Tucked within the details of Marathon Petroleum Corp.’s blockbuster expansion announcement this week was other important news.
Talk, we’re told, began last year about making Findlay’s downtown more “pedestrian and business friendly.” To that we say keep talking, but don’t forget to include the public as the discussion continues. Everyone, after all, has a stake in downtown.
Service-Safety Director Paul Schmelzer said in a story Wednesday that city officials have been talking with Marathon, the Ohio Department of Transportation, and the Hancock Regional Planning Commission about a “downtown transportation alternatives plan” for the past nine months.
The plan, initiated by the Findlay-Hancock County Alliance, focuses on Main Street and its main crossover streets.
It’s true, Main Street doesn’t need to be the primary path for large commercial vehicles through town. North/south traffic could, as some are suggesting, be routed to Blanchard Street to the east, and to Broad and Western avenues to the west.
Reducing truck traffic on Main could make it unnecessary to have five lanes, and free up space for curb “bump outs,” more accessible angled parking, and expanded landscaping.
Actually, some of the ideas circulating now may sound familiar. “Streetscape” surfaced years ago, but fell by the wayside due to a lack of funding before any improvements resulted.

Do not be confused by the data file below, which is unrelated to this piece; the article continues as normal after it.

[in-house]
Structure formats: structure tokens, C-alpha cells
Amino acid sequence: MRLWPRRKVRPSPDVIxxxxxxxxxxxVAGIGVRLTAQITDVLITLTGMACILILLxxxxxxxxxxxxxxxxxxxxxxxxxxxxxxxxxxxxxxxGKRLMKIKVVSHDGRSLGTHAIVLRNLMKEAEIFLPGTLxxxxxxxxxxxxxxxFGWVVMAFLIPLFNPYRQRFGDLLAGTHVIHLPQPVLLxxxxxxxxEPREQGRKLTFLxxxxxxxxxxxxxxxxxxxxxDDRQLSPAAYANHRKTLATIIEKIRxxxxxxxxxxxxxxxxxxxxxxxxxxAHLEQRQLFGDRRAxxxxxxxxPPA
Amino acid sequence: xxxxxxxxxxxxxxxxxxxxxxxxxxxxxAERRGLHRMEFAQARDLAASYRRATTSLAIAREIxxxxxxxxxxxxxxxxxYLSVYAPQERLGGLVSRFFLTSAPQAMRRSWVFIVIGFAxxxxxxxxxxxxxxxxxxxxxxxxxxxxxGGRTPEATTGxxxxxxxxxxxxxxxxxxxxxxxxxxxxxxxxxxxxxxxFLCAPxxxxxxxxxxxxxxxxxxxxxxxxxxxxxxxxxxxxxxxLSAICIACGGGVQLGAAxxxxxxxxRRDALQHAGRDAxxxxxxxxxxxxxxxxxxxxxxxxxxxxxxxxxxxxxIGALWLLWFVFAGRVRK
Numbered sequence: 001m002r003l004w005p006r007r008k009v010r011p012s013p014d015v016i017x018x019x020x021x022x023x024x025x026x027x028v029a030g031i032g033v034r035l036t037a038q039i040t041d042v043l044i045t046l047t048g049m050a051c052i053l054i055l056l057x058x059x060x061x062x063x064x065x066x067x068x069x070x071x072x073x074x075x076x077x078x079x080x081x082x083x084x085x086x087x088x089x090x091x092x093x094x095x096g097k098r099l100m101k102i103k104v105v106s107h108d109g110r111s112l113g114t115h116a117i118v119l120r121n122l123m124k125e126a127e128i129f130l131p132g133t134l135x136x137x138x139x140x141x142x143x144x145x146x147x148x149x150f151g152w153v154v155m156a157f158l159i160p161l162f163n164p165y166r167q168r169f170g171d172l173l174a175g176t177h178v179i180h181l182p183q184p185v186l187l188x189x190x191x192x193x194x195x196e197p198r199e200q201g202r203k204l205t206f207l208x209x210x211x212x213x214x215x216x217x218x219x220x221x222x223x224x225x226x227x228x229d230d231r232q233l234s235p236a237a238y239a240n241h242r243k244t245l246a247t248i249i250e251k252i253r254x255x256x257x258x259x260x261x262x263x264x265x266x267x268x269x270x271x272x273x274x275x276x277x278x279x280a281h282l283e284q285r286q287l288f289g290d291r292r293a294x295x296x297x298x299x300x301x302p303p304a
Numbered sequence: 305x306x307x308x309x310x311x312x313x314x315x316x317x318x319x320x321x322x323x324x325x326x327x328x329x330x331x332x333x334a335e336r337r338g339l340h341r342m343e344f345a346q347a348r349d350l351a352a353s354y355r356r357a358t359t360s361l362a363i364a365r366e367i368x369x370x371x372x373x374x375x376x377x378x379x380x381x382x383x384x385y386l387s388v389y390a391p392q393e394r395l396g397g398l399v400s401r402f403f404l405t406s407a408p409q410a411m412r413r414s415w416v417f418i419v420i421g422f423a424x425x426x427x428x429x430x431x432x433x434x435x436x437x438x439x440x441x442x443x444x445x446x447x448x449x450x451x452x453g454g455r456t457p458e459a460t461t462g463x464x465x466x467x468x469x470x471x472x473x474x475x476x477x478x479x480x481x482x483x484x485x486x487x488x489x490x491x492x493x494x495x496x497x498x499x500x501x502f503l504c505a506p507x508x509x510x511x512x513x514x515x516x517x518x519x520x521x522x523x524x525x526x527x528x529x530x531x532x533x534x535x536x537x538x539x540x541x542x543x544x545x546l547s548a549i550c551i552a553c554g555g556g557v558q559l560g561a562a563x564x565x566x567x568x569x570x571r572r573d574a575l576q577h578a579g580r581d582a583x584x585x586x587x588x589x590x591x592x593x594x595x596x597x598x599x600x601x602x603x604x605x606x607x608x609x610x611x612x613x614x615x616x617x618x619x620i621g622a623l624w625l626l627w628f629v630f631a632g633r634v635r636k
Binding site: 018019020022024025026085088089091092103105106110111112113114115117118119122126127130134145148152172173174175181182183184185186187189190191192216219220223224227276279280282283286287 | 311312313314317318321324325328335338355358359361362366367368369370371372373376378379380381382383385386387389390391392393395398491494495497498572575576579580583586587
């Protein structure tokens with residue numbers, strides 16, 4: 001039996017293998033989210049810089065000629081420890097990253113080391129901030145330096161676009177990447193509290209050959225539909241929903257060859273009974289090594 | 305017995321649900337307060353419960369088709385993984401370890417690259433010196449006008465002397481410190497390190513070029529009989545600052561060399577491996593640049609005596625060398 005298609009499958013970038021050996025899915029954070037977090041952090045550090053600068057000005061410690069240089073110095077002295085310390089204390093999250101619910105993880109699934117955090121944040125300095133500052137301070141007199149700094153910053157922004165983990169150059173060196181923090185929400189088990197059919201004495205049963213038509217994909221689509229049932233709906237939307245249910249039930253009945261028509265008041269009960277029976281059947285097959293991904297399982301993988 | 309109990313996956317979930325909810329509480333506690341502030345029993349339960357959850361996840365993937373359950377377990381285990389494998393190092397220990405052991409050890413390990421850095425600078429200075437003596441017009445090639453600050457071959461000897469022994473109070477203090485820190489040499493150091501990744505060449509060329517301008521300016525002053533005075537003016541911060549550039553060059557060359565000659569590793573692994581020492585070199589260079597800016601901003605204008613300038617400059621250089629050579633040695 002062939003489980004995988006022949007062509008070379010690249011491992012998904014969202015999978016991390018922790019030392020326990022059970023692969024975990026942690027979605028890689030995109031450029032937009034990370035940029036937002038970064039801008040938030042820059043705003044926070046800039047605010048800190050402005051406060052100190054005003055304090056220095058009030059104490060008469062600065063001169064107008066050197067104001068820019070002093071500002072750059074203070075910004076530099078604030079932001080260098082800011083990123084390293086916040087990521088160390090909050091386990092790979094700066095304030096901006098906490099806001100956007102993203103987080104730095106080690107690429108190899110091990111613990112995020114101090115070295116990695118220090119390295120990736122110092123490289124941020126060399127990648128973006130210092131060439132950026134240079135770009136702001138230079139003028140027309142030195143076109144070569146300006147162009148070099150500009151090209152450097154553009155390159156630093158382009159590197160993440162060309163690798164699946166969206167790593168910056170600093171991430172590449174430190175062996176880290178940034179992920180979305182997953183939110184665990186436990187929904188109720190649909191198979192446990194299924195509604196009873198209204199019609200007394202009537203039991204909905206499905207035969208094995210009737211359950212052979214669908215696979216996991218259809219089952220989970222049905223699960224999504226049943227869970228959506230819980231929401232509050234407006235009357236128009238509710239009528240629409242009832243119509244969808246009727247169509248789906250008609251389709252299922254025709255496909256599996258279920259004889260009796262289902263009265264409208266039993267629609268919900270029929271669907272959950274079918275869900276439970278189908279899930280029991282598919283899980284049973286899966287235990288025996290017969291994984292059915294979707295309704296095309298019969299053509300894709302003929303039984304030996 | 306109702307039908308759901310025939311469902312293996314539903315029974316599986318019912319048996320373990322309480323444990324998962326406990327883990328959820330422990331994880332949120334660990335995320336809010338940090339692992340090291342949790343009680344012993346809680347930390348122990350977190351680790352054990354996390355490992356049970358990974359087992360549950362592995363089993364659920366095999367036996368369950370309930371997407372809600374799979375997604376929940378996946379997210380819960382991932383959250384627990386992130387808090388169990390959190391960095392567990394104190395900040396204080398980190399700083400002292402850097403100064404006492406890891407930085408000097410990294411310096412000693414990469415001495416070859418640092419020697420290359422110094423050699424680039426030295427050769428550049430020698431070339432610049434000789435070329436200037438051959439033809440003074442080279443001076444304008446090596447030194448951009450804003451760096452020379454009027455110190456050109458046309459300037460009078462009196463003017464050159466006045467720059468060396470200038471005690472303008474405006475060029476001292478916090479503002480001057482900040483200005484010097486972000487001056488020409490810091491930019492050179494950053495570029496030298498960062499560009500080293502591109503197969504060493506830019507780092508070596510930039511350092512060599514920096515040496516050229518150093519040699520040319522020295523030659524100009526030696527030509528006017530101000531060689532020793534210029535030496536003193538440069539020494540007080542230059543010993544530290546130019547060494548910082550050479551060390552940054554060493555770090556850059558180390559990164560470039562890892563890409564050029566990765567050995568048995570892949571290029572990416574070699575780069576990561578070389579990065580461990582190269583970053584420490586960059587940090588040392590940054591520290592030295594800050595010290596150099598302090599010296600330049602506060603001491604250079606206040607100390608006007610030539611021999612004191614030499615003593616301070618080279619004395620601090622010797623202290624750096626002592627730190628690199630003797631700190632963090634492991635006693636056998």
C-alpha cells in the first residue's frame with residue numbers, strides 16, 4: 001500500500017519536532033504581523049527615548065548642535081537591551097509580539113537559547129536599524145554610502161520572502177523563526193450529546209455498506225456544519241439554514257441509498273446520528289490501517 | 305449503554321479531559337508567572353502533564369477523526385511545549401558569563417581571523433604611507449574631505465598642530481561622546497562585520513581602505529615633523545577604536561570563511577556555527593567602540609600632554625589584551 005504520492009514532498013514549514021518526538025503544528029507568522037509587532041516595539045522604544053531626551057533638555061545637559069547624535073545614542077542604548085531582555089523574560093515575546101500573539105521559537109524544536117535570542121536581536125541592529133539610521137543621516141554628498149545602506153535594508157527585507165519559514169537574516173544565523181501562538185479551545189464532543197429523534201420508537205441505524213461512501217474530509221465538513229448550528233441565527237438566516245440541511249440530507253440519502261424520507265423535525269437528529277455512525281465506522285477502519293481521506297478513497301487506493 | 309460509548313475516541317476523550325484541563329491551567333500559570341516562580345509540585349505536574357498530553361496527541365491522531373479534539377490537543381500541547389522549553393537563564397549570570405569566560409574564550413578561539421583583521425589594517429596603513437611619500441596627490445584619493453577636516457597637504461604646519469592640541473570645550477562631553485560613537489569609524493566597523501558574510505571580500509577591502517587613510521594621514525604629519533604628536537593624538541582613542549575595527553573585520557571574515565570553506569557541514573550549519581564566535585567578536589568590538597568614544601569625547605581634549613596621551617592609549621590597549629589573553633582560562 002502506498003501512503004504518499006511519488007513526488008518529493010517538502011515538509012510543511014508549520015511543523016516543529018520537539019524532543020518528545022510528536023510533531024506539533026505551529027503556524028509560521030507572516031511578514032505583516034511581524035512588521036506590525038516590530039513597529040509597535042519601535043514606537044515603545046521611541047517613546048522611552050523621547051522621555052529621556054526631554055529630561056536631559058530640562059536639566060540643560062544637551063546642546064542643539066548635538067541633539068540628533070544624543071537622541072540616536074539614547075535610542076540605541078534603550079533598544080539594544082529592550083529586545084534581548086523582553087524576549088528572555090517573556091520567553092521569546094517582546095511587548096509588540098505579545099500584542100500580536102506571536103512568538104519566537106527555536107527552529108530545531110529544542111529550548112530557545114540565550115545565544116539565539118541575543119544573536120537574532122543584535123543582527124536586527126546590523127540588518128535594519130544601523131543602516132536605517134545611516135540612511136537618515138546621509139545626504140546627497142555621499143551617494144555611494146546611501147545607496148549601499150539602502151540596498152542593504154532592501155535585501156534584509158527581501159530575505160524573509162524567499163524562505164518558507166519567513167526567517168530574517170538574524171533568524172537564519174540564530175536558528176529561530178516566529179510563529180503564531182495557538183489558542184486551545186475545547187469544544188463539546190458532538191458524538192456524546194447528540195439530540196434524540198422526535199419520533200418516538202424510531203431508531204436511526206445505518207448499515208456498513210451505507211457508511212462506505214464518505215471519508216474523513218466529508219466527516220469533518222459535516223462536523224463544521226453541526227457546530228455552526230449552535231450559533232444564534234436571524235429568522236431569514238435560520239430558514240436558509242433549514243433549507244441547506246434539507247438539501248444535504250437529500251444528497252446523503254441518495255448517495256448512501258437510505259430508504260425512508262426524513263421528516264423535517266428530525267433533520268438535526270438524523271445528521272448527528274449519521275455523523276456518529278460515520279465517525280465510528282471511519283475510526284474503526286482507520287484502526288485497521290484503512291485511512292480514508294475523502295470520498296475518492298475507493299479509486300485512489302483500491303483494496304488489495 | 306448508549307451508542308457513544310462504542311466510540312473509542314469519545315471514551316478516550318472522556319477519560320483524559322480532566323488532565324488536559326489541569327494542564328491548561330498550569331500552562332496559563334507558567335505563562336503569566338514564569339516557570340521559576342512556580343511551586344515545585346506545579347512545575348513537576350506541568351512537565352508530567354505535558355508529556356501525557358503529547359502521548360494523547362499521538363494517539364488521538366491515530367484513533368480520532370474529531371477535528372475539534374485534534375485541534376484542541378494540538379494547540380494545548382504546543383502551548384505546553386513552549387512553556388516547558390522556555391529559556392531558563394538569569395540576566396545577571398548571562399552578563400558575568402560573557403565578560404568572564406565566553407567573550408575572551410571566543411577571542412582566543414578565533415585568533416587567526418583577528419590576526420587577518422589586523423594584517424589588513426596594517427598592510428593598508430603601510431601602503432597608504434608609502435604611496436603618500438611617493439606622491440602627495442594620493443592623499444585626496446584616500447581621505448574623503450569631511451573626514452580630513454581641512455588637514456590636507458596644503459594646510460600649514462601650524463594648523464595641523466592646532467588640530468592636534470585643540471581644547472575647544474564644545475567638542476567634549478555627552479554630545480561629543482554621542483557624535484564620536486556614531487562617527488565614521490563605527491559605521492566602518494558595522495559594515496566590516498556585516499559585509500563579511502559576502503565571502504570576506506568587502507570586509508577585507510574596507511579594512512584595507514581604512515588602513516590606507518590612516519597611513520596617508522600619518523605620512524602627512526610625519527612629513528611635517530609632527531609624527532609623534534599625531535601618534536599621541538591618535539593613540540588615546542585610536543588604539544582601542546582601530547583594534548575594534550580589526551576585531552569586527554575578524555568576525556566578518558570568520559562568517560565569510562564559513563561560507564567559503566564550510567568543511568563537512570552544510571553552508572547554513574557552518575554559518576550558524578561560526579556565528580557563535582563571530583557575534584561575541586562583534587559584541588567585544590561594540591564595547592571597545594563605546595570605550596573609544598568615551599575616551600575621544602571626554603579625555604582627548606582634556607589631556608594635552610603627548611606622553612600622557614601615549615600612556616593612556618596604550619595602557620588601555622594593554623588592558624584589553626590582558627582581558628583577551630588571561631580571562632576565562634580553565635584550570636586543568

But 2014 may be just the right time to bring some of the best concepts together in a comprehensive plan.
While Marathon’s expansion plans, which include parking garages and office buildings, will take up to three years to complete, they will impact the flow of traffic along Main Street, especially south of Sandusky Street. Making infrastructure enhancements along Main and side streets in that area will not only add to the campus-like atmosphere that Marathon desires but help keep vehicles and pedestrians moving.
The entire downtown area, though, would benefit from a similar facelift.
The transformation of the Central Auditorium into a performing arts center is scheduled to begin this spring, and the renovation of a row of buildings into apartments, offices and retail shops next to the courthouse is already underway.
It makes sense to incorporate road and curb changes, especially those as significant as the ones being considered, as the various projects are unfolding, not after they’re completed.
While such a project would come with a hefty price tag, the city would reduce its share of the cost if it obtains a grant through the Department of Transportation. Marathon would also be a partner.
The company, whose $80 million expansion may qualify for up to $20 million in tax savings under the city’s revamped reinvestment area program, has said it would give up to a quarter of that to help pay for downtown infrastructure improvements.
Meanwhile, Schmelzer said more specifics on downtown traffic, parking and pedestrian ideas will be considered soon by City Council and input will be sought from the public. We look forward to hearing more of the details.
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